ChatGPT can write sonnets, screenplays and scams — that is, if you trick it into ignoring its own safety guardrails. This facility for fraud has become a major source of concern for some cybersecurity professionals, who fear the chatbot and others like it could trigger a wave of sophisticated cybercrime. It could also turn out to be an asset for those manning the corporate defences. Experts say large language models (LLMs) could help accelerate efforts to detect data breaches and pinpoint organisational vulnerabilities in advance of an attack — the very same vulnerabilities that cybercriminals might use these LLMs to exploit.
ChatGPT’s rise was astronomical, with the model amassing 100 million active users just two months after launching. Companies are scrambling to avoid being left behind, says Arvind Raman, CISO of phone manufacturer-turned-cybersecurity firm BlackBerry. But many security vendors are confronting an ethical bind in their experiments with turning LLMs into corporate network sentinels. “We don’t want to miss out on an opportunity to leverage this kind of technology but, at the same time, we also have to be balancing the risks that come with it,” says Raman. “That’s the hardest job.”
Firms also don’t want to be on the back foot when it comes to protecting their data. Attackers are improving their tactics with the help of LLMs, says Raman, so cybersecurity professionals will also need to figure out how to use these same tools to level the playing field. Hence why BlackBerry — like many other cybersecurity teams — are moving only slowly forward with their experiments in generative AI. Everyone in the industry, says Raman, is in “cautious learning mode.”
Large Language Models in cybersecurity
LLMs’ greatest asset for cybersecurity lies in their efficiency. The ability of such foundation models to rapidly process large datasets can, in theory, be leveraged to help organisations swiftly pinpoint incoming threats and existing vulnerabilities. Security researcher Patrick Ventuzelo, founder of cybersecurity services platform Fuzzing Labs, recently used GPT-4 to find zero-day vulnerabilities — undiscovered and unpatched flaws — in snippets of code. “It’s mind-blowing,” said Ventuzelo, who shared his work on Youtube. He remained confident, however, that the LLM wasn’t going to be fully self-sufficient (“ChatGPT will not take my job,” he pronounced. “I still have some stuff to do.”)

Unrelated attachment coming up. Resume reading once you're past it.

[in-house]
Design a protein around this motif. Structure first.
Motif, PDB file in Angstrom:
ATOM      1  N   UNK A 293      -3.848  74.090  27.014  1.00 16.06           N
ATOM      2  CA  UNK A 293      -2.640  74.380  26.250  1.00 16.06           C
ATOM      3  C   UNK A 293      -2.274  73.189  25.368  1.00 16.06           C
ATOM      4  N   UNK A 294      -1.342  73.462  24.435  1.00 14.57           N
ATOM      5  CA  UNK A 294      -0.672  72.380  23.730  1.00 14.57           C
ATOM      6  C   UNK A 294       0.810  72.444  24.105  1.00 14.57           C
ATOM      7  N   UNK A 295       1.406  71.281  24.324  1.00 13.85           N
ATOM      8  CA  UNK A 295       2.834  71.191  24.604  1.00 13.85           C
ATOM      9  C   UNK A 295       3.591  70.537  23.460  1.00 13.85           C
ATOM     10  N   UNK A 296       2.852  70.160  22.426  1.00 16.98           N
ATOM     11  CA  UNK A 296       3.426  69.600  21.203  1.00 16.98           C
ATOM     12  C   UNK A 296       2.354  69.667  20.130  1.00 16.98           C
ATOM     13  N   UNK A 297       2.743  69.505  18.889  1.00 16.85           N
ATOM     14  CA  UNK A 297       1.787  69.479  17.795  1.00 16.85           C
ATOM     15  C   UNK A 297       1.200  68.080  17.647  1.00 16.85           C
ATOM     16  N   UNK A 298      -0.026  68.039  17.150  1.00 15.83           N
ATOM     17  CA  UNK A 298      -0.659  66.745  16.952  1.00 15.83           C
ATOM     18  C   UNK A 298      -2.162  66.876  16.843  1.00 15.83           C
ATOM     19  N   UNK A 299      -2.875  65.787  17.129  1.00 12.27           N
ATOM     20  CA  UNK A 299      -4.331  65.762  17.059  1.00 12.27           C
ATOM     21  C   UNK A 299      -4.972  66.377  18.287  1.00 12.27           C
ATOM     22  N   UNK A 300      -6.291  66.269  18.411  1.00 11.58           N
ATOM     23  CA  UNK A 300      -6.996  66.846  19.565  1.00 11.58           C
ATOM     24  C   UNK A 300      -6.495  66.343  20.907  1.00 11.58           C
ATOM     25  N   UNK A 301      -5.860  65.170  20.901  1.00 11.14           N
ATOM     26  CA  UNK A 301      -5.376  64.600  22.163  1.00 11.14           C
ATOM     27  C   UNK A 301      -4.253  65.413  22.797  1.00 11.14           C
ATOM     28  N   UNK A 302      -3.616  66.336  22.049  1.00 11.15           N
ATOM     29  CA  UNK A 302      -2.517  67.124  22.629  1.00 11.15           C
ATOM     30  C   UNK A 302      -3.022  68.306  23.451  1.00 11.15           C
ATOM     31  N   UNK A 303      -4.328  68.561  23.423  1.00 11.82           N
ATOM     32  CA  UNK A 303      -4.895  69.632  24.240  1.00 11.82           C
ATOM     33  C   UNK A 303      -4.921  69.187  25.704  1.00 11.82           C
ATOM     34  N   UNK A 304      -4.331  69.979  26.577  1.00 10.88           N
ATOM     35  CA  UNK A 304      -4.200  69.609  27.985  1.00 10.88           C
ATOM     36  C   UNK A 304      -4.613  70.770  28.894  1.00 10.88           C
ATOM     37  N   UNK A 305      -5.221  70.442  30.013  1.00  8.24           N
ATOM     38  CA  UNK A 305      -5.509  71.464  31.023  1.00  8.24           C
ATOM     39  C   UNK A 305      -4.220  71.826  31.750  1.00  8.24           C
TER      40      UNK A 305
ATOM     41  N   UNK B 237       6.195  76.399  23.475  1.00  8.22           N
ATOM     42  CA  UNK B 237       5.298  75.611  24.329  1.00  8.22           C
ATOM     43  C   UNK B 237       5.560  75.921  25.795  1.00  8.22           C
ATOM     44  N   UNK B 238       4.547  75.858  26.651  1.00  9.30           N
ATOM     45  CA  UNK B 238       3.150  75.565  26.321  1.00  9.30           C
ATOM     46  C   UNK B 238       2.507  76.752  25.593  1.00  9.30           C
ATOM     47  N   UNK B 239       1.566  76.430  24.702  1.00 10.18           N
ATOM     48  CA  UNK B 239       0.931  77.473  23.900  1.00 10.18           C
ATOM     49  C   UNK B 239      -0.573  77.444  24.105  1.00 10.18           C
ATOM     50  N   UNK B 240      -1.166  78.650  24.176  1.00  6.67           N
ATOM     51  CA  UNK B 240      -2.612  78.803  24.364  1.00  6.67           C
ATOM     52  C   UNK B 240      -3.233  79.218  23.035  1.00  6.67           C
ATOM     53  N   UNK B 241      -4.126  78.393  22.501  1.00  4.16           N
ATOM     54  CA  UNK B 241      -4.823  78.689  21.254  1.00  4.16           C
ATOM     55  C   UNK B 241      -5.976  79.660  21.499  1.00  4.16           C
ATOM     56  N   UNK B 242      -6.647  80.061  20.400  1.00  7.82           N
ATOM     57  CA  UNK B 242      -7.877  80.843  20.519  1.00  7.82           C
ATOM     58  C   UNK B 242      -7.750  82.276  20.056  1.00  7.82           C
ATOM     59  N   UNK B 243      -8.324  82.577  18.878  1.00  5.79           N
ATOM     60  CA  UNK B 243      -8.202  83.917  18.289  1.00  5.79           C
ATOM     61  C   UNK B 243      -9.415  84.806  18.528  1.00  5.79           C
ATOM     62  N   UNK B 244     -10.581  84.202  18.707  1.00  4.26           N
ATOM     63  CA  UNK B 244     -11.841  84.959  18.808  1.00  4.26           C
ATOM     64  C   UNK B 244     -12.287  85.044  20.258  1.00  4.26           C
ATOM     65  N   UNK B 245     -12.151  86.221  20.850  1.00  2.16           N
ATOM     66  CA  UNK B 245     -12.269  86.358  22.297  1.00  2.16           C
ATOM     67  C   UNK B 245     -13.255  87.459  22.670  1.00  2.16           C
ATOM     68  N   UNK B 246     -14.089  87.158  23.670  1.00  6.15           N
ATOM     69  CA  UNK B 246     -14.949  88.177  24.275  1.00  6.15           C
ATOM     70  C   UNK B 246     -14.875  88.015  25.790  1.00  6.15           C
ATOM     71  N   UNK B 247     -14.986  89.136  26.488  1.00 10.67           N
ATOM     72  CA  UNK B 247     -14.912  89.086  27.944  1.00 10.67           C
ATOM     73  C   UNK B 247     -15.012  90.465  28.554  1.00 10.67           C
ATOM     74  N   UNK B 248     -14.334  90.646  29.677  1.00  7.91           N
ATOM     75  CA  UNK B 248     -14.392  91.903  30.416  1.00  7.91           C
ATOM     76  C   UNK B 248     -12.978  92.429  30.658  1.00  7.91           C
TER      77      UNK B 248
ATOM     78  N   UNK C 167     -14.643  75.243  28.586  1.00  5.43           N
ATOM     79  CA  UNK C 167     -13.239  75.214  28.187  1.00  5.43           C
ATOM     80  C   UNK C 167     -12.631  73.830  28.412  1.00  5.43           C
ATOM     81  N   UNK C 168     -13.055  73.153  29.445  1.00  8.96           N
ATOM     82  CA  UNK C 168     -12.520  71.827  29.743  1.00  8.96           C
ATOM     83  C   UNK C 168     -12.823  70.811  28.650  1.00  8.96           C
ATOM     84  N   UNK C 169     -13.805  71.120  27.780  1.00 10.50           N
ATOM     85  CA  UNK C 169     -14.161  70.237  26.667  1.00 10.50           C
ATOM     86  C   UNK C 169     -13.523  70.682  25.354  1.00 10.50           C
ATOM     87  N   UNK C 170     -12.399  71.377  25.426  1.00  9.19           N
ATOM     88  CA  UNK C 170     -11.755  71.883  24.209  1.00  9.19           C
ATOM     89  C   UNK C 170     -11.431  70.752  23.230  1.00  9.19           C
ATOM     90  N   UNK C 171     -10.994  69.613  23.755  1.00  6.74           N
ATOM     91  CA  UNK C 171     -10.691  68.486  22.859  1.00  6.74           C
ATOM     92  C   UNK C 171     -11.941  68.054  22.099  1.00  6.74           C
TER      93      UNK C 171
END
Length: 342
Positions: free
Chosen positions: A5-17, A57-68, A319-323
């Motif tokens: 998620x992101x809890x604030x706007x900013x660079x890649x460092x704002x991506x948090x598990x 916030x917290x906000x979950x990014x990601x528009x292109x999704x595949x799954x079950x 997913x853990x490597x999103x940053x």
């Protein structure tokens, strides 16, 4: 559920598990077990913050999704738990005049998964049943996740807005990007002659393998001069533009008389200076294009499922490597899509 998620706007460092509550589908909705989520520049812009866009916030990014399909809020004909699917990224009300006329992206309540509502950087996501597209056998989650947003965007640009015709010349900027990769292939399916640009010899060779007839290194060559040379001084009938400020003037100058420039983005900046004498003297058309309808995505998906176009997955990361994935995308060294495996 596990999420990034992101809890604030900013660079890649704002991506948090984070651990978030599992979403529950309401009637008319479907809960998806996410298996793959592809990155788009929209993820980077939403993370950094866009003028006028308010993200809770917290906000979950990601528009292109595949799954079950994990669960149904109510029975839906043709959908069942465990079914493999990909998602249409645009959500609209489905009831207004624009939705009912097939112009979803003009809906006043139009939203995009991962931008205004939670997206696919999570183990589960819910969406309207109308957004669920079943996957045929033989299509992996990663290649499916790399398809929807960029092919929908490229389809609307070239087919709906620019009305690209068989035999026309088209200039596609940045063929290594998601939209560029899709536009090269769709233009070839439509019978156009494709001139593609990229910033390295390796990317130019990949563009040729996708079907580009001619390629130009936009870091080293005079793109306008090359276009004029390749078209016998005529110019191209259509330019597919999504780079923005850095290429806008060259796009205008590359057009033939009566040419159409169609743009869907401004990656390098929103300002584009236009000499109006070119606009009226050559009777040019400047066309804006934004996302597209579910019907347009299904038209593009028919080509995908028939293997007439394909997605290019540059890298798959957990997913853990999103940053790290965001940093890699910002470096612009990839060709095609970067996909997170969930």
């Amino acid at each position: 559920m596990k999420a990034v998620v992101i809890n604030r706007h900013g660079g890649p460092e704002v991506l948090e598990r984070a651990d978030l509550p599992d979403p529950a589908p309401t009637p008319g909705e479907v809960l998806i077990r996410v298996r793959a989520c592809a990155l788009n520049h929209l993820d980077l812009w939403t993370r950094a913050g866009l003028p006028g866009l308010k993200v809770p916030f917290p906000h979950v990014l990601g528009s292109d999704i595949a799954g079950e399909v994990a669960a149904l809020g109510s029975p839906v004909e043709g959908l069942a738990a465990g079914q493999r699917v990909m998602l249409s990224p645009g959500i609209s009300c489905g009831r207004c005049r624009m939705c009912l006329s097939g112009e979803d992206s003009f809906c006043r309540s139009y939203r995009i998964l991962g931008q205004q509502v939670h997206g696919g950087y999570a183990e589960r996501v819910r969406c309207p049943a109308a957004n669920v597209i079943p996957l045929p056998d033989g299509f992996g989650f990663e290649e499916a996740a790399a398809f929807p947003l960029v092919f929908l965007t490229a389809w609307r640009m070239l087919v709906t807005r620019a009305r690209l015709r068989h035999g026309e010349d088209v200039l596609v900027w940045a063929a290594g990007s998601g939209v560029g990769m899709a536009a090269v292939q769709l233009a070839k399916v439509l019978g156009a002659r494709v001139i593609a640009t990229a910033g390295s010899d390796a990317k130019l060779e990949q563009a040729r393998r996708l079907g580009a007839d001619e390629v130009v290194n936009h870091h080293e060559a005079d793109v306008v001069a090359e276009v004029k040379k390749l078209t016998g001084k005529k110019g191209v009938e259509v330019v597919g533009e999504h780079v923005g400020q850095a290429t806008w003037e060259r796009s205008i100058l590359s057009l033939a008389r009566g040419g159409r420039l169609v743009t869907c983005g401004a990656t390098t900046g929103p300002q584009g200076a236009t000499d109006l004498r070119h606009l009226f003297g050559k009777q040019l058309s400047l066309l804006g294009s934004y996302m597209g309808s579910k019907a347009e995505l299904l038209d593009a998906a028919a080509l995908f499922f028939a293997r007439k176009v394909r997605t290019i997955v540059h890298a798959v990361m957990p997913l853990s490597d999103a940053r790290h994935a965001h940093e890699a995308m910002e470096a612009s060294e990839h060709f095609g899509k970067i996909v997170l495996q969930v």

The accelerative power of LLM’s could also be a major boon for active defence. Raman, for his part, is sceptical when companies say that ransomware is something that can be prevented altogether, rather than mitigated. “I think it’s a matter of whether we can detect it early enough to stop the impact,” says Raman — a task tailor-made, one would hope, for a super-fast, custom-built generative AI program.
The Human Machine Lab at Ontario Tech University has been working on one such system to help organisations detect data breaches faster. The tool, called Chunk-GPT3, uses LLMs to generate fake user credentials, or ‘honeywords.’ These are then merged with real credentials in the hopes that an unknowing hacker might try to use the fake ones — inadvertently triggering an alarm and alerting administrators to the data breach.
“This approach isn’t new,” says Miguel Vargas Martin, the system’s co-creator and a computer science professor at Ontario Tech, but it is one that could undoubtedly benefit from an injection of AI efficiency. The team’s experiment has left the professor encouraged that similar models could be used to augment cybersecurity operations in the future. “Automation is the direction AI is taking us,” says Martin.
A double-edged sword
It also seems to be informing the strategies of cybercriminals. Generative AI can help attackers — even unskilled ones — assemble sophisticated malware and even more sophisticated phishing emails without all the horrendous spelling mistakes that give them away to standard junk filters, explains Raman. Moreover, LLMs can also make it harder to detect unexpected activity. “Generative AI has the potential to emulate real data such as user activity, network traffic, credentials, or profiles — thus circumventing any type of detection mechanism that looks for anomalies,” says Martin.
Are we on a path toward IT teams and cybercriminals watching on the sidelines as their respective large language models battle each other to exhaustion? Probably not, says Humayun Qureshi, co-founder of Digital Bucket Company, a data services provider. “AI can help people to do tasks a lot quicker and a lot more efficiently, but I don’t think it can do it single-handedly,” says Qureshi. Raman agrees, cautioning that traditional corporate defences, like employee training, still matter. “The last line of defence is the end user,” he says.
Qureshi and Raman believe that LLMs have left cybersecurity professionals — and anyone keen to protect their data — in a tricky situation. “As they stand today, I think the risks seem to outweigh the benefits,” says Raman. Qureshi warns that some cybersecurity providers might be pursuing artificial intelligence for the wrong reasons — keener to harness a popular buzzword in their branding rather than make meaningful improvements to their systems.
Despite his present pessimism, Raman says it’s important not to hold a static view on these technologies. Cybersecurity professionals will ultimately need to figure out how to use LLMs to their advantage — or risk getting left behind. “Eventually there will come a point where Generative AI is not something that we can avoid,” he says. “You’ve got to keep adapting.”